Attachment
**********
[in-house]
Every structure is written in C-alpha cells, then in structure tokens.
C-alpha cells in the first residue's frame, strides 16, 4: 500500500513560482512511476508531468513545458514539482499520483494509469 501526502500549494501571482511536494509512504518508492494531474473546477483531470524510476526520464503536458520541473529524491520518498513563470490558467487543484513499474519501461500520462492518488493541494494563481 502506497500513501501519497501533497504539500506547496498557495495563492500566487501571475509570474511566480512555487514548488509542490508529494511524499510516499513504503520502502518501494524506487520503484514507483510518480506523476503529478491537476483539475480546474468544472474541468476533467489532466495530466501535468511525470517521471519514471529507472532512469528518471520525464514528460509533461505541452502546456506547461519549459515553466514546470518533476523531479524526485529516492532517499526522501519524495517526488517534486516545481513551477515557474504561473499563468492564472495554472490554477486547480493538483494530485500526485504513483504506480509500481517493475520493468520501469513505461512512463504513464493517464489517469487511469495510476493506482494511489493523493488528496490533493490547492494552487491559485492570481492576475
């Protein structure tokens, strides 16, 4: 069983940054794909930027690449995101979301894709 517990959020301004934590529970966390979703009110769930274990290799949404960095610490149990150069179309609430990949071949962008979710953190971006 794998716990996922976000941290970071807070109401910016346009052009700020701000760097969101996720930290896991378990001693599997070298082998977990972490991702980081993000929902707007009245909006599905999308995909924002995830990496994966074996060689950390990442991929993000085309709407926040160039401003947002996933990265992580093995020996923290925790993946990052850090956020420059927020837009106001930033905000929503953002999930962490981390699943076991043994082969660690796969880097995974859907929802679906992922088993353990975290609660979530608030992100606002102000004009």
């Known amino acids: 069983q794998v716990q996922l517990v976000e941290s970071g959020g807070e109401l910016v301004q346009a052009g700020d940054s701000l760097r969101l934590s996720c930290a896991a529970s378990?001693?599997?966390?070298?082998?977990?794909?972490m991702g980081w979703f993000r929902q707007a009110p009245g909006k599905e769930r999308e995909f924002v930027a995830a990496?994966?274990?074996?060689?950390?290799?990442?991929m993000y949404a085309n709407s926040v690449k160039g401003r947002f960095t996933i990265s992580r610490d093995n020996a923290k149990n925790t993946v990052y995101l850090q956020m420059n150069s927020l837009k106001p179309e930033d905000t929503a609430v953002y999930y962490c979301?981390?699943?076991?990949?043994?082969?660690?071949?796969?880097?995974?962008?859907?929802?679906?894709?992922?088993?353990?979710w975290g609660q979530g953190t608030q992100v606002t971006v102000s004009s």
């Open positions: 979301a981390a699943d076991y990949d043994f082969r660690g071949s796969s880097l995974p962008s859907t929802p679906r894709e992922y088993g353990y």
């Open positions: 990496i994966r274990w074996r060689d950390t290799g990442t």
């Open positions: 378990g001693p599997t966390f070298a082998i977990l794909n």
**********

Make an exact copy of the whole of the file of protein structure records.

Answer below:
[in-house]
Every structure is written in C-alpha cells, then in structure tokens.
C-alpha cells in the first residue's frame, strides 16, 4: 500500500513560482512511476508531468513545458514539482499520483494509469 501526502500549494501571482511536494509512504518508492494531474473546477483531470524510476526520464503536458520541473529524491520518498513563470490558467487543484513499474519501461500520462492518488493541494494563481 502506497500513501501519497501533497504539500506547496498557495495563492500566487501571475509570474511566480512555487514548488509542490508529494511524499510516499513504503520502502518501494524506487520503484514507483510518480506523476503529478491537476483539475480546474468544472474541468476533467489532466495530466501535468511525470517521471519514471529507472532512469528518471520525464514528460509533461505541452502546456506547461519549459515553466514546470518533476523531479524526485529516492532517499526522501519524495517526488517534486516545481513551477515557474504561473499563468492564472495554472490554477486547480493538483494530485500526485504513483504506480509500481517493475520493468520501469513505461512512463504513464493517464489517469487511469495510476493506482494511489493523493488528496490533493490547492494552487491559485492570481492576475
């Protein structure tokens, strides 16, 4: 069983940054794909930027690449995101979301894709 517990959020301004934590529970966390979703009110769930274990290799949404960095610490149990150069179309609430990949071949962008979710953190971006 794998716990996922976000941290970071807070109401910016346009052009700020701000760097969101996720930290896991378990001693599997070298082998977990972490991702980081993000929902707007009245909006599905999308995909924002995830990496994966074996060689950390990442991929993000085309709407926040160039401003947002996933990265992580093995020996923290925790993946990052850090956020420059927020837009106001930033905000929503953002999930962490981390699943076991043994082969660690796969880097995974859907929802679906992922088993353990975290609660979530608030992100606002102000004009």
């Known amino acids: 069983q794998v716990q996922l517990v976000e941290s970071g959020g807070e109401l910016v301004q346009a052009g700020d940054s701000l760097r969101l934590s996720c930290a896991a529970s378990?001693?599997?966390?070298?082998?977990?794909?972490m991702g980081w979703f993000r929902q707007a009110p009245g909006k599905e769930r999308e995909f924002v930027a995830a990496?994966?274990?074996?060689?950390?290799?990442?991929m993000y949404a085309n709407s926040v690449k160039g401003r947002f960095t996933i990265s992580r610490d093995n020996a923290k149990n925790t993946v990052y995101l850090q956020m420059n150069s927020l837009k106001p179309e930033d905000t929503a609430v953002y999930y962490c979301?981390?699943?076991?990949?043994?082969?660690?071949?796969?880097?995974?962008?859907?929802?679906?894709?992922?088993?353990?979710w975290g609660q979530g953190t608030q992100v606002t971006v102000s004009s």
């Open positions: 979301a981390a699943d076991y990949d043994f082969r660690g071949s796969s880097l995974p962008s859907t929802p679906r894709e992922y088993g353990y």
């Open positions: 990496i994966r274990w074996r060689d950390t290799g990442t």
């Open positions: 378990g001693p599997t966390f070298a082998i977990l794909n």